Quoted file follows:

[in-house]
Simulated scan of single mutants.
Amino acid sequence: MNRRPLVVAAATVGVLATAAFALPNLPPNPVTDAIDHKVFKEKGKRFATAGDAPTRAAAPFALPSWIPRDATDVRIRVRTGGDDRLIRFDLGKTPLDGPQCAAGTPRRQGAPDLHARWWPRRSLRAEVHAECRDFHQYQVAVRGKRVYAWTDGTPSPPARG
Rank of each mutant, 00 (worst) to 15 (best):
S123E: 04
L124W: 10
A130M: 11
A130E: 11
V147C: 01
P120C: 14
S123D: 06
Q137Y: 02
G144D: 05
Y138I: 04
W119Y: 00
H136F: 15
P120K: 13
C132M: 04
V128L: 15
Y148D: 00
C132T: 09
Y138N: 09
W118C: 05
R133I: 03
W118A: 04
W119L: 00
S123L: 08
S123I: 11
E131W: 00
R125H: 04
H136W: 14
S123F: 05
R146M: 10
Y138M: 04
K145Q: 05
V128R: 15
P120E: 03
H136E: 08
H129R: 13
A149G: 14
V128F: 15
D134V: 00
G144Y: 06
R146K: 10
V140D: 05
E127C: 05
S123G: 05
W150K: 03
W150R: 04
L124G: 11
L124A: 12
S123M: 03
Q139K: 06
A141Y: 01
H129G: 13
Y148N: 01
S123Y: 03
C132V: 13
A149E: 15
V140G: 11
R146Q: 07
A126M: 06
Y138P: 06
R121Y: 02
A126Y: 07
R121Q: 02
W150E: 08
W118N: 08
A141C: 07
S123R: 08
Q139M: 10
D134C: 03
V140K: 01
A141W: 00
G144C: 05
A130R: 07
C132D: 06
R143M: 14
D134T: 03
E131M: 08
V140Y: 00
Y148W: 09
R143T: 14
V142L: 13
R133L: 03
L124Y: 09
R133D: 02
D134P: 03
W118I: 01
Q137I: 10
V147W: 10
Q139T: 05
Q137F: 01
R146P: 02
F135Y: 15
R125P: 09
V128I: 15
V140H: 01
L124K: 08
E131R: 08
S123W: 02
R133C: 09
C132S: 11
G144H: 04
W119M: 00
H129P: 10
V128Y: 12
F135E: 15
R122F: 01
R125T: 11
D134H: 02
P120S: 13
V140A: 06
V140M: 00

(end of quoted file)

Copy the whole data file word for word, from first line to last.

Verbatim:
[in-house]
Simulated scan of single mutants.
Amino acid sequence: MNRRPLVVAAATVGVLATAAFALPNLPPNPVTDAIDHKVFKEKGKRFATAGDAPTRAAAPFALPSWIPRDATDVRIRVRTGGDDRLIRFDLGKTPLDGPQCAAGTPRRQGAPDLHARWWPRRSLRAEVHAECRDFHQYQVAVRGKRVYAWTDGTPSPPARG
Rank of each mutant, 00 (worst) to 15 (best):
S123E: 04
L124W: 10
A130M: 11
A130E: 11
V147C: 01
P120C: 14
S123D: 06
Q137Y: 02
G144D: 05
Y138I: 04
W119Y: 00
H136F: 15
P120K: 13
C132M: 04
V128L: 15
Y148D: 00
C132T: 09
Y138N: 09
W118C: 05
R133I: 03
W118A: 04
W119L: 00
S123L: 08
S123I: 11
E131W: 00
R125H: 04
H136W: 14
S123F: 05
R146M: 10
Y138M: 04
K145Q: 05
V128R: 15
P120E: 03
H136E: 08
H129R: 13
A149G: 14
V128F: 15
D134V: 00
G144Y: 06
R146K: 10
V140D: 05
E127C: 05
S123G: 05
W150K: 03
W150R: 04
L124G: 11
L124A: 12
S123M: 03
Q139K: 06
A141Y: 01
H129G: 13
Y148N: 01
S123Y: 03
C132V: 13
A149E: 15
V140G: 11
R146Q: 07
A126M: 06
Y138P: 06
R121Y: 02
A126Y: 07
R121Q: 02
W150E: 08
W118N: 08
A141C: 07
S123R: 08
Q139M: 10
D134C: 03
V140K: 01
A141W: 00
G144C: 05
A130R: 07
C132D: 06
R143M: 14
D134T: 03
E131M: 08
V140Y: 00
Y148W: 09
R143T: 14
V142L: 13
R133L: 03
L124Y: 09
R133D: 02
D134P: 03
W118I: 01
Q137I: 10
V147W: 10
Q139T: 05
Q137F: 01
R146P: 02
F135Y: 15
R125P: 09
V128I: 15
V140H: 01
L124K: 08
E131R: 08
S123W: 02
R133C: 09
C132S: 11
G144H: 04
W119M: 00
H129P: 10
V128Y: 12
F135E: 15
R122F: 01
R125T: 11
D134H: 02
P120S: 13
V140A: 06
V140M: 00